GABRIEL LEE Violin Recital
Yong Siew Toh Conservatory
31 March 2018)
This review was published in The Straits Times on 2 April 2018 with the title "Enjoyable ride through violin's history".
In his 75-minute recital, Singaporean violinist Gabriel Lee gave a treatise on the history of the violin, performing on both baroque and modern violins. The first half belonged to the baroque. Both Arcangelo Corelli and Johann Paul von Westhoff pre-dated the giants J.S.Bach and Handel, and their sonatas he played did not conform to the usual four-movement form.
A sense of spontaneity pervaded Corelli's E major Sonata (Op.5 No.11), well expressed in the alternating slow and fast movements. As with period performance practice, very little vibrato was used by Lee and partner cellist Leslie Tan, with Mervyn Lee accompanying on harpsichord. Befitting one of the era's great violin virtuosos, a fast Gavotte completed the work, as if tacked on like an showy encore.
Westhoff's Sonata No.2 in A minor, also in 5 movements, sounded surprisingly modern for its time. The opening was marked by pointillist fragments from both violin and cello, before coalescing into busy counterpoint in the 2nd movement. The 3rd movement titled “Imitatione
liuto” saw Lee putting
aside his bow and strumming the strings as if it were a lute. A similar timbre
produced on the harpsichord (with mechanically plucked strings) gave the
impression of a serenade for duet. del
|What are these people looking at?|
|Answer: the insides of a harpsichord|
The classical era of Mozart and Beethoven was skipped, arriving instead at the late Romanticism of Ernest Chausson's Poéme. Here Lee played on a modern violin, luxuriating in the full flourish of vibrato which audiences are more accustomed to. After an extended piano introduction which Mervyn Lee delivered with requisite gravitas, Gabriel's solo entry was one of breathtaking intensity, grabbing listeners by the lapels without letting go.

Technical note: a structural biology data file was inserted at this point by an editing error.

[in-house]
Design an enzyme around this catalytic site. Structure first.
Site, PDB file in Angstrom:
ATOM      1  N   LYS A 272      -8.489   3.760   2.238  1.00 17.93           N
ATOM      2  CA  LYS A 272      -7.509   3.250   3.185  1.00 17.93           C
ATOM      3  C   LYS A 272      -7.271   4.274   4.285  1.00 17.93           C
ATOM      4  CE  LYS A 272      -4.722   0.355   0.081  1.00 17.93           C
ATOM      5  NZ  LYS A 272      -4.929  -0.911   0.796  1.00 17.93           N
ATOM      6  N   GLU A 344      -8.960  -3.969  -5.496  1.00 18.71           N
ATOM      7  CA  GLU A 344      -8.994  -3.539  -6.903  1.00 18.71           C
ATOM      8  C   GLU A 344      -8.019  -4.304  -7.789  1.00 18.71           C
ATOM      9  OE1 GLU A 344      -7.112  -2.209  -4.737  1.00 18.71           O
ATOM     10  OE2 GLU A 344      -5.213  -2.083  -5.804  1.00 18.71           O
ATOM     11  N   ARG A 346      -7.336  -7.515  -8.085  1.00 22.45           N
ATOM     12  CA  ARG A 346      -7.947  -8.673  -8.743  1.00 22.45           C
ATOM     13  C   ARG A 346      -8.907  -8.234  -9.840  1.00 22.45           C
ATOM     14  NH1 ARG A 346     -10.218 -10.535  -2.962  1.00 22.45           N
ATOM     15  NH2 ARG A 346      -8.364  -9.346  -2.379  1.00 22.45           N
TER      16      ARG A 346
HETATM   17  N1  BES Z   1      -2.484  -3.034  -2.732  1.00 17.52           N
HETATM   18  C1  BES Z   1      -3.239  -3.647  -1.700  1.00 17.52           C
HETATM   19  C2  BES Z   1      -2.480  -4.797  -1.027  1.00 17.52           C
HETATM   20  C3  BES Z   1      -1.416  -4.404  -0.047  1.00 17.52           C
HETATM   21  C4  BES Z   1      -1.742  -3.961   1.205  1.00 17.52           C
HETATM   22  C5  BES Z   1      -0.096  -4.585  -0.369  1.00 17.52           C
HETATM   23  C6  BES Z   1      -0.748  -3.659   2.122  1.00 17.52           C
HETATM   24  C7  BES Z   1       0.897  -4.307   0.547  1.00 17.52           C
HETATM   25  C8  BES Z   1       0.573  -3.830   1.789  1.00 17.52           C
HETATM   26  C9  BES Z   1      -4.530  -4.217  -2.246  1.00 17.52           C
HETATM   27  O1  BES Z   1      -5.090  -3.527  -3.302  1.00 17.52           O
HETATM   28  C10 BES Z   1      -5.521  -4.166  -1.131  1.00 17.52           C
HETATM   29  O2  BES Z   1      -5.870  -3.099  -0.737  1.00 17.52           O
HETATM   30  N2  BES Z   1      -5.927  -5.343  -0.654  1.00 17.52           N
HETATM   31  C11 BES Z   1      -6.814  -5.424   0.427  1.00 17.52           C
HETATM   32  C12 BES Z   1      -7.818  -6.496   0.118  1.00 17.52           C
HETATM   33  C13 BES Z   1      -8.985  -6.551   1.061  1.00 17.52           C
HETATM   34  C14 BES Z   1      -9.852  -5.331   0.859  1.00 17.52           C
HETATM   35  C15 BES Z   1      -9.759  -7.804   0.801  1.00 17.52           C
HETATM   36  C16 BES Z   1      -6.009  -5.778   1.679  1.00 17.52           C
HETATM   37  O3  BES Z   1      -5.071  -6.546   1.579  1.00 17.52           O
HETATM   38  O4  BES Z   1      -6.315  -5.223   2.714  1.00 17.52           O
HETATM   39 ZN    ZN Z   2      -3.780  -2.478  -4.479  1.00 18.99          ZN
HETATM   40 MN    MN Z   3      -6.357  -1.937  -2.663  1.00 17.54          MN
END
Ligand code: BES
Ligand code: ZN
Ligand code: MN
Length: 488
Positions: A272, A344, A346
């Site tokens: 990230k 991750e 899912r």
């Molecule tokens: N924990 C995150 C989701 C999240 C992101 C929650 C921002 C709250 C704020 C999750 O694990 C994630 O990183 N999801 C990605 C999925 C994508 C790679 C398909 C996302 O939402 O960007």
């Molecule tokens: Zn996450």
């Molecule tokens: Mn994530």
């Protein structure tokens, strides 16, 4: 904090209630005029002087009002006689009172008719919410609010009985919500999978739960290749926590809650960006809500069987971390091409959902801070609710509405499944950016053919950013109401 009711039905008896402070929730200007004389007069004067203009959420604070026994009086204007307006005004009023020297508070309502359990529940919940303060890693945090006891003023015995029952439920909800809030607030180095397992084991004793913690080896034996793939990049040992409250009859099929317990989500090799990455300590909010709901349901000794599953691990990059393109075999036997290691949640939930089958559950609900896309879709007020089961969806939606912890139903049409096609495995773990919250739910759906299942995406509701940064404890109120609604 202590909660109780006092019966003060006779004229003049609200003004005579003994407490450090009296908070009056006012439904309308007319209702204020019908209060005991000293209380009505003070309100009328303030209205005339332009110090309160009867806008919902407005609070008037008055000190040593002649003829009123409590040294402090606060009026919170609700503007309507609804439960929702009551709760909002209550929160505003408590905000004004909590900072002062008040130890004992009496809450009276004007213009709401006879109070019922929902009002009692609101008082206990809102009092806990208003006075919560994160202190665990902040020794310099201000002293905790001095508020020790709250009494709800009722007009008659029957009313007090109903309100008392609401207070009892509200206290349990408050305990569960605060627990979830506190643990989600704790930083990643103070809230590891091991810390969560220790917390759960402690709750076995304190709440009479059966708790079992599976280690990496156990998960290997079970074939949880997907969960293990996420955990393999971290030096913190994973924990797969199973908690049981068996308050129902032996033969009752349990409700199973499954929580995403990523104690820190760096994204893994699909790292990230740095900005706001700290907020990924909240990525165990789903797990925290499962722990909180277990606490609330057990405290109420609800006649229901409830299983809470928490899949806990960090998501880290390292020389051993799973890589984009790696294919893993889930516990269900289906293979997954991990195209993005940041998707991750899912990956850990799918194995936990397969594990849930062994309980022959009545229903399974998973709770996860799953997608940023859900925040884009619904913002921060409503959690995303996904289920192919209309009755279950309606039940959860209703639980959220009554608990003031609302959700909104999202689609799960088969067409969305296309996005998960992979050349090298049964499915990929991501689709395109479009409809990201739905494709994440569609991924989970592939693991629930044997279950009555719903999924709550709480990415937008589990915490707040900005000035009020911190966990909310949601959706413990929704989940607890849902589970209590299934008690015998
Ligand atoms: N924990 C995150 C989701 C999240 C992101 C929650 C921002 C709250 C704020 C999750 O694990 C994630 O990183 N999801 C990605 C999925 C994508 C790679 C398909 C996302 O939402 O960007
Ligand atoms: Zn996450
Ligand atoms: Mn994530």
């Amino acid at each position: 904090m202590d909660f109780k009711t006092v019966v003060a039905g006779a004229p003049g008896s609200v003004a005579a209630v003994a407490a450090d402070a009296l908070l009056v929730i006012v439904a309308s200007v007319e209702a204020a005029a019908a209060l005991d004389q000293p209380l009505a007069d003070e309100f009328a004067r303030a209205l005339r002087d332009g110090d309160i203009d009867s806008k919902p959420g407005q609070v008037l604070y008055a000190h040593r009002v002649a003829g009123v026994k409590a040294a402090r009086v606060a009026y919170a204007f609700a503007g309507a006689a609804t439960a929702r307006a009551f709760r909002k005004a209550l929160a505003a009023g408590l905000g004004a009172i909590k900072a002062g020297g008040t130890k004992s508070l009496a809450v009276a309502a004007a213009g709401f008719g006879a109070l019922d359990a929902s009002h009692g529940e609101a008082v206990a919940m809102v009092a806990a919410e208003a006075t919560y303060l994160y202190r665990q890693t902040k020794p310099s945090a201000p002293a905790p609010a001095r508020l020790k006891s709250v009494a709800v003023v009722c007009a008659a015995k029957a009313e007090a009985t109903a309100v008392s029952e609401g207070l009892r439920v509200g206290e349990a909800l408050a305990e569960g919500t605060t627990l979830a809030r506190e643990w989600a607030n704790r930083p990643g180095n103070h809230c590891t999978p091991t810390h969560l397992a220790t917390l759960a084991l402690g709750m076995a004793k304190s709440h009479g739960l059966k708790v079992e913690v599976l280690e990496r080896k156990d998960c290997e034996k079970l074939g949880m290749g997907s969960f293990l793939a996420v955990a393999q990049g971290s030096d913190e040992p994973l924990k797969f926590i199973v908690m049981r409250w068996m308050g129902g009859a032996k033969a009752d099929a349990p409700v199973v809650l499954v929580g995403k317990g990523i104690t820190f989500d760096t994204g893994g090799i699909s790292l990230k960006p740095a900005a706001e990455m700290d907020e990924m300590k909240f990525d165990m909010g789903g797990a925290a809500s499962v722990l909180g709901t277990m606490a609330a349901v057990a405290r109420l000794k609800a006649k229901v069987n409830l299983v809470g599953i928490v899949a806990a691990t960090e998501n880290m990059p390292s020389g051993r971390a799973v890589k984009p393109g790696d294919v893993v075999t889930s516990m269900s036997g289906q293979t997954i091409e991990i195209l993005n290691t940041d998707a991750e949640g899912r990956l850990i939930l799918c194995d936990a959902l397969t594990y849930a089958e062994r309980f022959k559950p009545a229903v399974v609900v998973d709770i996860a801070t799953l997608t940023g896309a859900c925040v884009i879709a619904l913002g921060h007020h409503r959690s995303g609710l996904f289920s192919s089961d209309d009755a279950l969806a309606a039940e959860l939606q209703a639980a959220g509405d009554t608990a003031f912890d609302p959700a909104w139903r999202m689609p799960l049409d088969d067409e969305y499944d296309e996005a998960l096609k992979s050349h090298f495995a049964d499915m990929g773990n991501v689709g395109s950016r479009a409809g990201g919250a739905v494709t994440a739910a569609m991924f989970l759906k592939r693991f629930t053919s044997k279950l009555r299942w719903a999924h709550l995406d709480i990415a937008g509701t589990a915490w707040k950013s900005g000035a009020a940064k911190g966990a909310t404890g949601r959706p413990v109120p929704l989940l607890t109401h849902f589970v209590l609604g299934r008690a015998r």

This rhapsodic work dwelled in the deepest recesses of feeling and emotion, where Lee plumbed with a passion and concentration that was hard to surpass. Although tempered by a Franckian chorale that provided some respite, the music soared to a rapturous climax before receding gently.
The 20th century was represented by Penang-born Singaporean composer Kam Kee Yong, now residing in
. His short showpiece Cicada was described by Lee as Canada 's answer to Rimsky-Korsakov's Flight of the Bumble Bee.
Delighting in its buzzing motifs and swooping slides, its eccentric bursts of
energy provided a lively close to the recital proper. Singapore
If one wondered what a recorder placed on a chair was doing, it was part of Lee's encore act. This saw him play few bars of the violin, toot on the recorder and do a spot of beat-boxing. All these were recorded and layered by electronic means, controlled by a foot pedal and within seconds, he operated a virtual one-man-band. Here was a re-creation of a baroque passacaglia, over which he further improvised on his violin with snatches of Grieg, Tartini and more.
This 21st century “back to baroque” gesture drew the loudest cheers, and one suspects Bach and company would not have minded in the least.